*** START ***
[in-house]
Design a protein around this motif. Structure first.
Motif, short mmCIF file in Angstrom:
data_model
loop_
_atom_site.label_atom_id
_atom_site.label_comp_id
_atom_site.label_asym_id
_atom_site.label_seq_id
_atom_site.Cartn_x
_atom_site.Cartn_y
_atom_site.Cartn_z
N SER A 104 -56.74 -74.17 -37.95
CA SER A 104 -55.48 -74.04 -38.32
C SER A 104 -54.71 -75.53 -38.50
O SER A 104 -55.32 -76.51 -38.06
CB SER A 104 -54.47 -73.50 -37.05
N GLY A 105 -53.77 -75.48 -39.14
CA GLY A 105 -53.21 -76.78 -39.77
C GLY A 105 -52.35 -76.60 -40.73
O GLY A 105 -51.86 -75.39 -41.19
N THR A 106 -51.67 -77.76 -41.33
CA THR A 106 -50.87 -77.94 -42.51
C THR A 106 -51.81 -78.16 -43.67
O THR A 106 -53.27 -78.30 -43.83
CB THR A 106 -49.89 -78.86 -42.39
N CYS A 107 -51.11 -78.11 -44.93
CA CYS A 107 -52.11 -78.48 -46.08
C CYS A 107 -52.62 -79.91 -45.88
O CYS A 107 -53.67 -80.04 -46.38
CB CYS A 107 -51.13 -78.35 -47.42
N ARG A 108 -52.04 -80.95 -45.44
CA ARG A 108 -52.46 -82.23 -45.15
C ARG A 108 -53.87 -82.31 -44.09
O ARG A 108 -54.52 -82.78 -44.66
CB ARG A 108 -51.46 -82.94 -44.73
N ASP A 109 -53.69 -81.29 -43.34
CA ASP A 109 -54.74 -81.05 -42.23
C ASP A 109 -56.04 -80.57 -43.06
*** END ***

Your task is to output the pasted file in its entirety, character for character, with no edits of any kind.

[in-house]
Design a protein around this motif. Structure first.
Motif, short mmCIF file in Angstrom:
data_model
loop_
_atom_site.label_atom_id
_atom_site.label_comp_id
_atom_site.label_asym_id
_atom_site.label_seq_id
_atom_site.Cartn_x
_atom_site.Cartn_y
_atom_site.Cartn_z
N SER A 104 -56.74 -74.17 -37.95
CA SER A 104 -55.48 -74.04 -38.32
C SER A 104 -54.71 -75.53 -38.50
O SER A 104 -55.32 -76.51 -38.06
CB SER A 104 -54.47 -73.50 -37.05
N GLY A 105 -53.77 -75.48 -39.14
CA GLY A 105 -53.21 -76.78 -39.77
C GLY A 105 -52.35 -76.60 -40.73
O GLY A 105 -51.86 -75.39 -41.19
N THR A 106 -51.67 -77.76 -41.33
CA THR A 106 -50.87 -77.94 -42.51
C THR A 106 -51.81 -78.16 -43.67
O THR A 106 -53.27 -78.30 -43.83
CB THR A 106 -49.89 -78.86 -42.39
N CYS A 107 -51.11 -78.11 -44.93
CA CYS A 107 -52.11 -78.48 -46.08
C CYS A 107 -52.62 -79.91 -45.88
O CYS A 107 -53.67 -80.04 -46.38
CB CYS A 107 -51.13 -78.35 -47.42
N ARG A 108 -52.04 -80.95 -45.44
CA ARG A 108 -52.46 -82.23 -45.15
C ARG A 108 -53.87 -82.31 -44.09
O ARG A 108 -54.52 -82.78 -44.66
CB ARG A 108 -51.46 -82.94 -44.73
N ASP A 109 -53.69 -81.29 -43.34
CA ASP A 109 -54.74 -81.05 -42.23
C ASP A 109 -56.04 -80.57 -43.06